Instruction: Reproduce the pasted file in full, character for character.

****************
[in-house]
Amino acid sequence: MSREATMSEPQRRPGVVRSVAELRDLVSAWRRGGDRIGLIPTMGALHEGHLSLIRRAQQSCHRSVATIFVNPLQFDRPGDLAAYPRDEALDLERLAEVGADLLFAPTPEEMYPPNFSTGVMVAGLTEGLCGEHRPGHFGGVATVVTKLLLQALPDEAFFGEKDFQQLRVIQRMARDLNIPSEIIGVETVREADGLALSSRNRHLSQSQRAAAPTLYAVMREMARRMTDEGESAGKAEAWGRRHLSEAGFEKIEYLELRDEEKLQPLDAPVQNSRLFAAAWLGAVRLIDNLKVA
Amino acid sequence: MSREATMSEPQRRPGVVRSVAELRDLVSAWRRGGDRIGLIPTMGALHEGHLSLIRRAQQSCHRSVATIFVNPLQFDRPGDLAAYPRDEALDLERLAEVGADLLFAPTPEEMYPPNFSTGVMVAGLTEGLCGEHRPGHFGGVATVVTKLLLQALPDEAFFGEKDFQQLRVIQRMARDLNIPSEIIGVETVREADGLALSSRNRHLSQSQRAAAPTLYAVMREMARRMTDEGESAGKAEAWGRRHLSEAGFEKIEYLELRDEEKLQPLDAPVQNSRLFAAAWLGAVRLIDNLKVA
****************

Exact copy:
[in-house]
Amino acid sequence: MSREATMSEPQRRPGVVRSVAELRDLVSAWRRGGDRIGLIPTMGALHEGHLSLIRRAQQSCHRSVATIFVNPLQFDRPGDLAAYPRDEALDLERLAEVGADLLFAPTPEEMYPPNFSTGVMVAGLTEGLCGEHRPGHFGGVATVVTKLLLQALPDEAFFGEKDFQQLRVIQRMARDLNIPSEIIGVETVREADGLALSSRNRHLSQSQRAAAPTLYAVMREMARRMTDEGESAGKAEAWGRRHLSEAGFEKIEYLELRDEEKLQPLDAPVQNSRLFAAAWLGAVRLIDNLKVA
Amino acid sequence: MSREATMSEPQRRPGVVRSVAELRDLVSAWRRGGDRIGLIPTMGALHEGHLSLIRRAQQSCHRSVATIFVNPLQFDRPGDLAAYPRDEALDLERLAEVGADLLFAPTPEEMYPPNFSTGVMVAGLTEGLCGEHRPGHFGGVATVVTKLLLQALPDEAFFGEKDFQQLRVIQRMARDLNIPSEIIGVETVREADGLALSSRNRHLSQSQRAAAPTLYAVMREMARRMTDEGESAGKAEAWGRRHLSEAGFEKIEYLELRDEEKLQPLDAPVQNSRLFAAAWLGAVRLIDNLKVA